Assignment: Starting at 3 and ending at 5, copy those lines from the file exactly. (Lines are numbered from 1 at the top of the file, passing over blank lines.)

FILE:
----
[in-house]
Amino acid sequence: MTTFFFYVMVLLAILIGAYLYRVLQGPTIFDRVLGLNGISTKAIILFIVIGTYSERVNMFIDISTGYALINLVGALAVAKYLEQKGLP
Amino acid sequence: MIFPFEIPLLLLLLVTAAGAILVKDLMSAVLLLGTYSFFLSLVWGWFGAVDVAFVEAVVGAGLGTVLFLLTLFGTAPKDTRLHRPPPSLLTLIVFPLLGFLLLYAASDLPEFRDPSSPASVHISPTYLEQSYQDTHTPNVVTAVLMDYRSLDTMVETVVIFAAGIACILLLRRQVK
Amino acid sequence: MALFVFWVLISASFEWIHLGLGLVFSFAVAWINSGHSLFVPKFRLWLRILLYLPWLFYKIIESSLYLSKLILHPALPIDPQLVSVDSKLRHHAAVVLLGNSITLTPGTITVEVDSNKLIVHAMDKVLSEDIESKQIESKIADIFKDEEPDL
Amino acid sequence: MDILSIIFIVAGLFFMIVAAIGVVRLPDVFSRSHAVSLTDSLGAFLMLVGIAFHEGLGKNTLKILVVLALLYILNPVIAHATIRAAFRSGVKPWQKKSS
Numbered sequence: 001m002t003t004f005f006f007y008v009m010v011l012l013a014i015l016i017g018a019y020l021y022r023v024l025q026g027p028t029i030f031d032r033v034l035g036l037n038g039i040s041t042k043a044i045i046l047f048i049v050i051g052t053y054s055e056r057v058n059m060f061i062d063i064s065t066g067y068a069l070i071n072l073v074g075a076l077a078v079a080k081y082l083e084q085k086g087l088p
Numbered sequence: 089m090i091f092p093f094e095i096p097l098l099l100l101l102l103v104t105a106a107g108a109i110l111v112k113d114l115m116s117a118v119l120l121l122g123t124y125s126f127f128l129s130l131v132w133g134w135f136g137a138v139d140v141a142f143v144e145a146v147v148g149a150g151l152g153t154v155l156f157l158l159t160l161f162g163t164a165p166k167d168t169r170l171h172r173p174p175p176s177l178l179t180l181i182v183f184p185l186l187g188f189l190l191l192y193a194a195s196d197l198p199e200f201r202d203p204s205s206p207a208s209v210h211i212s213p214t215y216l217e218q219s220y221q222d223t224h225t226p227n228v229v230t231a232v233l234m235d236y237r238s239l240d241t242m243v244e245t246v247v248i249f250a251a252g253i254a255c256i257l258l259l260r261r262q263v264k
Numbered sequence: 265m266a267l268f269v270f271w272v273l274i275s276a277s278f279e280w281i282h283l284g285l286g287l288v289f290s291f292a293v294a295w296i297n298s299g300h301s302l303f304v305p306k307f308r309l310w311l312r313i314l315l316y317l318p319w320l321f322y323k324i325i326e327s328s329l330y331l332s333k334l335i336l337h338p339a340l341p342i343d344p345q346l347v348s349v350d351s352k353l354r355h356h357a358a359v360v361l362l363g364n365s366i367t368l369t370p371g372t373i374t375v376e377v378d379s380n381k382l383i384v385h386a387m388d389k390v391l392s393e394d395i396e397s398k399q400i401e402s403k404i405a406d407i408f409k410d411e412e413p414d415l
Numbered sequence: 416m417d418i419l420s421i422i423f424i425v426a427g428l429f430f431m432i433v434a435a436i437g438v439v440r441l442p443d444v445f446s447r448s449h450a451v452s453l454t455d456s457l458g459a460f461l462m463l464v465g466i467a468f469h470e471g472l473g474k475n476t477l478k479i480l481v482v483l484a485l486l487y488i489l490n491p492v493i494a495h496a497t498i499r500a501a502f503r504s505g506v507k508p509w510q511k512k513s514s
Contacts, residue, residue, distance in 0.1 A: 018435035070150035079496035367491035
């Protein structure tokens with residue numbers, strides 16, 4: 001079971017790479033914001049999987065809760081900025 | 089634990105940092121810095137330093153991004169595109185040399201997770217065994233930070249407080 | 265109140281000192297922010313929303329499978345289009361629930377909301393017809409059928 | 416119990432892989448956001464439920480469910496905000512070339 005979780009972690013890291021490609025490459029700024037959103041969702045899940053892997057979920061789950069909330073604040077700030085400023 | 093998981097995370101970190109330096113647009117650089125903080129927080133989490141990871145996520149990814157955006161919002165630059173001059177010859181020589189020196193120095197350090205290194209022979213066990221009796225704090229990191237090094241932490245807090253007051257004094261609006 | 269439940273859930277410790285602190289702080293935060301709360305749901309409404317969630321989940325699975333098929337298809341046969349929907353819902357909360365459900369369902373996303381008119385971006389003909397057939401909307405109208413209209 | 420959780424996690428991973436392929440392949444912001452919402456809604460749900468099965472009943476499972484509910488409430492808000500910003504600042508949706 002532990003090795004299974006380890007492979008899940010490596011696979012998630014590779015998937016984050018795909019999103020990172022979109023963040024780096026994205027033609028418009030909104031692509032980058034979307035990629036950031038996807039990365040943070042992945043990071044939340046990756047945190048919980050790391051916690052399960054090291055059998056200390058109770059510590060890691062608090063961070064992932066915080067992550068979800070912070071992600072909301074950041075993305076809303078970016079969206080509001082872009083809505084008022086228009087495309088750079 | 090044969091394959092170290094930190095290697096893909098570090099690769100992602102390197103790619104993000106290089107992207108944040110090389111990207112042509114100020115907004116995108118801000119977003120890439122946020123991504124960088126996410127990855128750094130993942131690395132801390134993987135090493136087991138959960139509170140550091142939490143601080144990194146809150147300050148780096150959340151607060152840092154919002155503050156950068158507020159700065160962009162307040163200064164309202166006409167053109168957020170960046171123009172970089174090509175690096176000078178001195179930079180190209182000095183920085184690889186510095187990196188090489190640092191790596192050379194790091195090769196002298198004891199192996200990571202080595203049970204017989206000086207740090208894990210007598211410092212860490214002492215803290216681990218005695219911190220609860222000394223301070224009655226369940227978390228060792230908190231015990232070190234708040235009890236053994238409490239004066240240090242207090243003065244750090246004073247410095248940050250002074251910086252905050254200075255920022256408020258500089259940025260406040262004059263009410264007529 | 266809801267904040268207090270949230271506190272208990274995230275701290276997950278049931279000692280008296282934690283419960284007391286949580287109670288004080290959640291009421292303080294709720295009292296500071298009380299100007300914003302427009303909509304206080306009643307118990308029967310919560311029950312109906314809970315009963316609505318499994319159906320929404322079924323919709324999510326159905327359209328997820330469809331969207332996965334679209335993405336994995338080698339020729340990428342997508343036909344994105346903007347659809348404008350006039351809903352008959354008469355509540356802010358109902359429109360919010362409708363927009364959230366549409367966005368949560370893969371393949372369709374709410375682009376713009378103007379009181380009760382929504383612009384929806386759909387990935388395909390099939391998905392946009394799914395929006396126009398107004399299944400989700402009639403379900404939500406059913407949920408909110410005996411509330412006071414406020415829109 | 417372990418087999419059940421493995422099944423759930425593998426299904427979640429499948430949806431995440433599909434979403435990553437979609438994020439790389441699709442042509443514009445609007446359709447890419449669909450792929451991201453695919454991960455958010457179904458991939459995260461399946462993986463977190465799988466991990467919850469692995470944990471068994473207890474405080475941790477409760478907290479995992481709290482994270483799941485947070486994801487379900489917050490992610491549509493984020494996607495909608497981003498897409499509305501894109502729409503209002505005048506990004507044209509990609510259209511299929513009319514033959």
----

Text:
Amino acid sequence: MIFPFEIPLLLLLLVTAAGAILVKDLMSAVLLLGTYSFFLSLVWGWFGAVDVAFVEAVVGAGLGTVLFLLTLFGTAPKDTRLHRPPPSLLTLIVFPLLGFLLLYAASDLPEFRDPSSPASVHISPTYLEQSYQDTHTPNVVTAVLMDYRSLDTMVETVVIFAAGIACILLLRRQVK
Amino acid sequence: MALFVFWVLISASFEWIHLGLGLVFSFAVAWINSGHSLFVPKFRLWLRILLYLPWLFYKIIESSLYLSKLILHPALPIDPQLVSVDSKLRHHAAVVLLGNSITLTPGTITVEVDSNKLIVHAMDKVLSEDIESKQIESKIADIFKDEEPDL
Amino acid sequence: MDILSIIFIVAGLFFMIVAAIGVVRLPDVFSRSHAVSLTDSLGAFLMLVGIAFHEGLGKNTLKILVVLALLYILNPVIAHATIRAAFRSGVKPWQKKSS